As with just about every other slang word or phrase in my vocabulary, I don’t remember the first time I said that so-and-so had hooked up. If I had to guess, I’d say it was somewhere in my mid-teens, which is when (ahem) the term first properly started to have personal relevance. For those unfamiliar with the phraseology, it essentially means that the object met, kissed, hung out and/or had a one night stand with someone. The connotative emphasis is on casual (but usually sexual) interaction, while the term is both standard and non-judgemental. As far as I know, it’s been around since at least the nineties, but apparently some people are only just getting a handle on it, as per this curious op-ed in today’s New York Times: The Demise of Dating. I say ‘curious’ because, right up until the final three paragraphs, it seems like the writer, one Charles M. Blow, is onside with both word and meaning, or at least an impartial observer. It turns out he isn’t. And that startled me, because I’d more or less assumed that hooking up was a pretty understandable phenomenon.
Blow’s complaint is both simple and, in the context, nonsensical: that instead of training to date, young folks nowadays have lost the ability to get to know one another. This seems to be a fairly unintuitive conclusion, especially given Blow’s earlier assertion that hooking up takes place mostly between friends: that is to say, among groups of people who already know each other. Despite acknowledging that this is a modern reversal of the dating structure he remembers from college, Blow fails to link the reversal to a changed social reality. When he talks about girls tiring of hooking up sooner than boys because ‘they want it to lead to a relationship’ and later realising ‘that it’s not a good way to find a spouse’, he is parroting gender stereotypes more closely aligned to the 1950’s than today. The idea that girls might be looking for neither spouses nor relationships seems alien to the writer, as does any notion that men might desire these things, too. One can readily see why Blow needed the concept explained to him; but even so, his understanding still falls short.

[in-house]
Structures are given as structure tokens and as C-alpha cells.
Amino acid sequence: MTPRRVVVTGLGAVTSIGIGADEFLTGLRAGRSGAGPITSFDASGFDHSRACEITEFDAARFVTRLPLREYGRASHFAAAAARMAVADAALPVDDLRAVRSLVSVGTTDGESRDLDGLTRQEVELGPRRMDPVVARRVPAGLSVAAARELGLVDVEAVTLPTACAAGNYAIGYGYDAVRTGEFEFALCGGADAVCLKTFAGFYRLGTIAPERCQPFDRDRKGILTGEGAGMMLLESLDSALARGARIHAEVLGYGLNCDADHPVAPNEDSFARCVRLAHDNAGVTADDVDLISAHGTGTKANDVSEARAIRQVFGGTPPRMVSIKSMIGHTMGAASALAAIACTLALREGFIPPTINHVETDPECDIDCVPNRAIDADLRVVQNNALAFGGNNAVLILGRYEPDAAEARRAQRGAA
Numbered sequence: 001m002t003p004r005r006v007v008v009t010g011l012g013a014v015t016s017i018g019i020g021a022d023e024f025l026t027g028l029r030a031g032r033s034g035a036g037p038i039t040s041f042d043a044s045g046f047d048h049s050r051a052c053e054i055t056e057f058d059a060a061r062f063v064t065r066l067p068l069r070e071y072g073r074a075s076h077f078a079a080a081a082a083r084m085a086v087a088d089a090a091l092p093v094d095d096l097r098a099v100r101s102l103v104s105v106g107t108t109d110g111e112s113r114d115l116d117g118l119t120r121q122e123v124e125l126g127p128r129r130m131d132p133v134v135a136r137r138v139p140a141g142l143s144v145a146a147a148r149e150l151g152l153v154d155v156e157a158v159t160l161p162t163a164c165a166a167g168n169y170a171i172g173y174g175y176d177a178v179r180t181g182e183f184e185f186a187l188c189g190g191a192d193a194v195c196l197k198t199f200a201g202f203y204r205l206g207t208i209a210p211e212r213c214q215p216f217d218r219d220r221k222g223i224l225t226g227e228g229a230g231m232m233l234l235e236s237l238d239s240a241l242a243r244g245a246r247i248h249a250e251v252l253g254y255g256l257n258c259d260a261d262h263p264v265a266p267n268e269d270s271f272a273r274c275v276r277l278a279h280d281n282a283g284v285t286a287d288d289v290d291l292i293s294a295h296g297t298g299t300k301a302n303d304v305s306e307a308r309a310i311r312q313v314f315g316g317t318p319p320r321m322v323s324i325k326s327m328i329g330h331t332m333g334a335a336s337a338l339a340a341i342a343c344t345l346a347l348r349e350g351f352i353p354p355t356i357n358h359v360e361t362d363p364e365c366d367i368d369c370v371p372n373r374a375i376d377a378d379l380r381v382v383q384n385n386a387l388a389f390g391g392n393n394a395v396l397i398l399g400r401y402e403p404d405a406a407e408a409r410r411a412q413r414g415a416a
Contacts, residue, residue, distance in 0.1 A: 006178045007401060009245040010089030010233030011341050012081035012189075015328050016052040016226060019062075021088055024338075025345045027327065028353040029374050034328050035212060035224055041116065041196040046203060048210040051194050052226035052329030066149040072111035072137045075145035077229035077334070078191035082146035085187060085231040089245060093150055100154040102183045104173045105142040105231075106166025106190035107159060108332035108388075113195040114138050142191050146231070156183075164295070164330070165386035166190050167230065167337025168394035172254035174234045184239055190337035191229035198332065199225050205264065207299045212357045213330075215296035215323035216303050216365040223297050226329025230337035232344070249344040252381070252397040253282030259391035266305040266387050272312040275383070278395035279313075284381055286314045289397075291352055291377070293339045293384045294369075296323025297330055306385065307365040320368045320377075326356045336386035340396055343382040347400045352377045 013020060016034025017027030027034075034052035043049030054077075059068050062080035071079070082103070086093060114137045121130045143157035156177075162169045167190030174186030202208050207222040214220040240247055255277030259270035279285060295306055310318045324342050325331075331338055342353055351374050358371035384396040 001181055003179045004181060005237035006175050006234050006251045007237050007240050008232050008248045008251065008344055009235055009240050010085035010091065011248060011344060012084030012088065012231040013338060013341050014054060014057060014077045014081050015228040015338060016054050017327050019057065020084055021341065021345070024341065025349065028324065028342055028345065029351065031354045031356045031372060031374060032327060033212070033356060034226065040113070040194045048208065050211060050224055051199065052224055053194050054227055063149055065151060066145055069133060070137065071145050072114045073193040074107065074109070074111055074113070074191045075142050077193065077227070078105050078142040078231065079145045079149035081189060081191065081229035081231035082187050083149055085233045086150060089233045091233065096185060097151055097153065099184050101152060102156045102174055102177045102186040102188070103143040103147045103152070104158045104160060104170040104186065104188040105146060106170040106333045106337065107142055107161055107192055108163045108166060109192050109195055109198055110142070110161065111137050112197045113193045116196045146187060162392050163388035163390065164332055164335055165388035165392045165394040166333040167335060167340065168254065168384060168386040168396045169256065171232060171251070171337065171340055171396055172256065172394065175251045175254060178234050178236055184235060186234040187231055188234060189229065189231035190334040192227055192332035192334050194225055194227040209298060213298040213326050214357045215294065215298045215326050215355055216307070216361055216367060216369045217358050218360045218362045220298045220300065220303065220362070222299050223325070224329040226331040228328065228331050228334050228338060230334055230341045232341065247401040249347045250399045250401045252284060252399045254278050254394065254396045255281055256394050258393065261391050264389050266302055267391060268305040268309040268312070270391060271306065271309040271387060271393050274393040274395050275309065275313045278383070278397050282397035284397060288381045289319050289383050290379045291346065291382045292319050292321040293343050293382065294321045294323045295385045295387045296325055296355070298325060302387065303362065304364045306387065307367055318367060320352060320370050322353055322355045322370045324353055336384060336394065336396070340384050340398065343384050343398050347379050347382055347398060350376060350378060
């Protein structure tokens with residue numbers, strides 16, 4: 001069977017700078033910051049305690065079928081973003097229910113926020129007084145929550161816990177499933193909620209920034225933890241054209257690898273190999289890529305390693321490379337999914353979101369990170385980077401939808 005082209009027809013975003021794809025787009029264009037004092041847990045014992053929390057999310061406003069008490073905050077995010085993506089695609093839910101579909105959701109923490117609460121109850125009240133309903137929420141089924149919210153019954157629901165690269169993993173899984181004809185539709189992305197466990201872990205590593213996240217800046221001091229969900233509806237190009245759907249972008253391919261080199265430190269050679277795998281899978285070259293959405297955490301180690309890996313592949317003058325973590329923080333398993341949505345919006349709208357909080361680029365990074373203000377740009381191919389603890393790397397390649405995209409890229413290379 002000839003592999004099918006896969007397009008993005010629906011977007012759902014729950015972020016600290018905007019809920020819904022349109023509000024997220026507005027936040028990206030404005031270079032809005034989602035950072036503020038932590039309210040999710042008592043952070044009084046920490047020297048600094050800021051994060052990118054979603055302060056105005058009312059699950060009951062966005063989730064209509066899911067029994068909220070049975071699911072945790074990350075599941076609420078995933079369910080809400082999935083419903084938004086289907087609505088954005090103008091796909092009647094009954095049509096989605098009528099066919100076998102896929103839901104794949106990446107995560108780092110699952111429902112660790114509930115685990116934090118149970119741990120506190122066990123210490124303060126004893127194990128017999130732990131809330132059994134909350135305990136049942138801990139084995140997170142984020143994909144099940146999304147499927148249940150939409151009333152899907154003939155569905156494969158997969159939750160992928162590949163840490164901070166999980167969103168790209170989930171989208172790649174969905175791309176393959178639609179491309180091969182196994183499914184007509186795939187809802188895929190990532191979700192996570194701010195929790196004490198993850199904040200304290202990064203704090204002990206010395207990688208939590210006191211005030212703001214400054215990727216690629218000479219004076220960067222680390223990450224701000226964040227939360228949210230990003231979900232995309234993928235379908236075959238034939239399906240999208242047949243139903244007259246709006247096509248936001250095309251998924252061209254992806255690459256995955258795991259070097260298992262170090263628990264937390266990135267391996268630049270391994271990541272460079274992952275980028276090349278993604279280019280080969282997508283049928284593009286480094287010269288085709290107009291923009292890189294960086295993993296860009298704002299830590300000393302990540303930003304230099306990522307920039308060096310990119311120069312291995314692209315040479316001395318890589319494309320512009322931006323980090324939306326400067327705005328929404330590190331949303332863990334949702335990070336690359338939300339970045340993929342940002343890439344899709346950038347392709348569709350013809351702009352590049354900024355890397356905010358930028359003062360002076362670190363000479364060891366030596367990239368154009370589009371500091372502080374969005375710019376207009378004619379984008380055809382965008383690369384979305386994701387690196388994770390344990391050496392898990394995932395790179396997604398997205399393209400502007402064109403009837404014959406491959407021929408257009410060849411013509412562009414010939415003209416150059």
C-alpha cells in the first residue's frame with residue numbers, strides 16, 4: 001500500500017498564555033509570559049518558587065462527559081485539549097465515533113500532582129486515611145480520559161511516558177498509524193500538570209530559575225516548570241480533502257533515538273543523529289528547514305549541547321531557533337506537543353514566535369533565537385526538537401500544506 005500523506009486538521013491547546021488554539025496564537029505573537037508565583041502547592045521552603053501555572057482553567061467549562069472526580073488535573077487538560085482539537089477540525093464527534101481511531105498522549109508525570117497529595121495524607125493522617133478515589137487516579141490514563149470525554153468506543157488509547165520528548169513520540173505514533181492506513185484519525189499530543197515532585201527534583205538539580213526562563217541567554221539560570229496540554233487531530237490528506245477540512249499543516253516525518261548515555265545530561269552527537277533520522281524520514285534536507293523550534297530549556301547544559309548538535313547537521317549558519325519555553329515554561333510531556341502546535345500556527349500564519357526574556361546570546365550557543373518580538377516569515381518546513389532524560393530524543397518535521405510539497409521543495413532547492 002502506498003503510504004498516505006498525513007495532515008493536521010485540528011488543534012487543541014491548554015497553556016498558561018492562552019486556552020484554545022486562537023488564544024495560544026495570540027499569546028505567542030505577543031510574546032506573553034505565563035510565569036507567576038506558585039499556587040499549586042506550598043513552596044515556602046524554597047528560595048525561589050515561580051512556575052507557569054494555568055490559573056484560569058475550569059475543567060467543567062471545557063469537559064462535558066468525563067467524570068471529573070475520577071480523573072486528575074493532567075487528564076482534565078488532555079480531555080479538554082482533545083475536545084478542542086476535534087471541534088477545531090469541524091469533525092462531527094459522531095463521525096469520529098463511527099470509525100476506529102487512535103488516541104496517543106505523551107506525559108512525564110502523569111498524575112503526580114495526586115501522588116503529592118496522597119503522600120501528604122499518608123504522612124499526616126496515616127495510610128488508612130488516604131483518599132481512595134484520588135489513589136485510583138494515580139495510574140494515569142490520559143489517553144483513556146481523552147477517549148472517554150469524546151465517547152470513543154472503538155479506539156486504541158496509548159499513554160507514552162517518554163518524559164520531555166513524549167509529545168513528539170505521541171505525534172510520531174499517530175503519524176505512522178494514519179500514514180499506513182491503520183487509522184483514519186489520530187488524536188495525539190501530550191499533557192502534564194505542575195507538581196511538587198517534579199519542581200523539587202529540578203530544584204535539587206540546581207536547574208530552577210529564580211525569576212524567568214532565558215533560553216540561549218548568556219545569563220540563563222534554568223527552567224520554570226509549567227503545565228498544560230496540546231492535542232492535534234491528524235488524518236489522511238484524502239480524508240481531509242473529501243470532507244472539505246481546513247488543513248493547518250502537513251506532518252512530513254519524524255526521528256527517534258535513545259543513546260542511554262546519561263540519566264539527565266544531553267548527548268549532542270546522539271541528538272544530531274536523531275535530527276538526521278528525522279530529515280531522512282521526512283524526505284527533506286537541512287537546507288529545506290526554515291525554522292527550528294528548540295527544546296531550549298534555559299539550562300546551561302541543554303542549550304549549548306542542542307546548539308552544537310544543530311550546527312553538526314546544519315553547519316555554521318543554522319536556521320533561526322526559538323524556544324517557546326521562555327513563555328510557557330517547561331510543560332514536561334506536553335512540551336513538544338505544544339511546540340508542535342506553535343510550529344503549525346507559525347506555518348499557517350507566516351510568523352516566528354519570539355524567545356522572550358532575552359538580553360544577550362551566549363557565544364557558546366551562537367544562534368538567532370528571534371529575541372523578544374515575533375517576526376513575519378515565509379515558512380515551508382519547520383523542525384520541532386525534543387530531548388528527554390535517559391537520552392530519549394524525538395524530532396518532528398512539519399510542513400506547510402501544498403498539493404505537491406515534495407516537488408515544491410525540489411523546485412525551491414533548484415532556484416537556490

Personally, I think it’s a sign of progress that people no longer train to date; and in fact, the word date itself feels dated, or at least decidedly American – another hangover of Blow’s (I suspect distant) youth. I don’t recall that I ever dated: instead, I hooked up or went out. The whole idea of dating as a means of getting to know the opposite sex smacks of an era before co-ed friendships were the norm, wherein partners couldn’t be drawn from one’s existing circle of acquaintances, but had to be sought – and interviewed – externally. In reality, such a concept of dating has been fundamentally usurped by mixed friendships in an era of sexual liberation, such that when friends hook up, the ‘dating’ part has effectively already happened.
Random hook-ups are also common, but hardly a point of contention, unless one objects to premarital shenannigans. Ultimately, both Blow and his source, Professor Bogle, seem unintentionally antiquated. Kudos to them for grappling with a changed world, but despite trying for objective analysis, both end up reconfiguring the concept against their own, older ideals. Hooking up is here to stay, friends – and that, I think, is a good thing.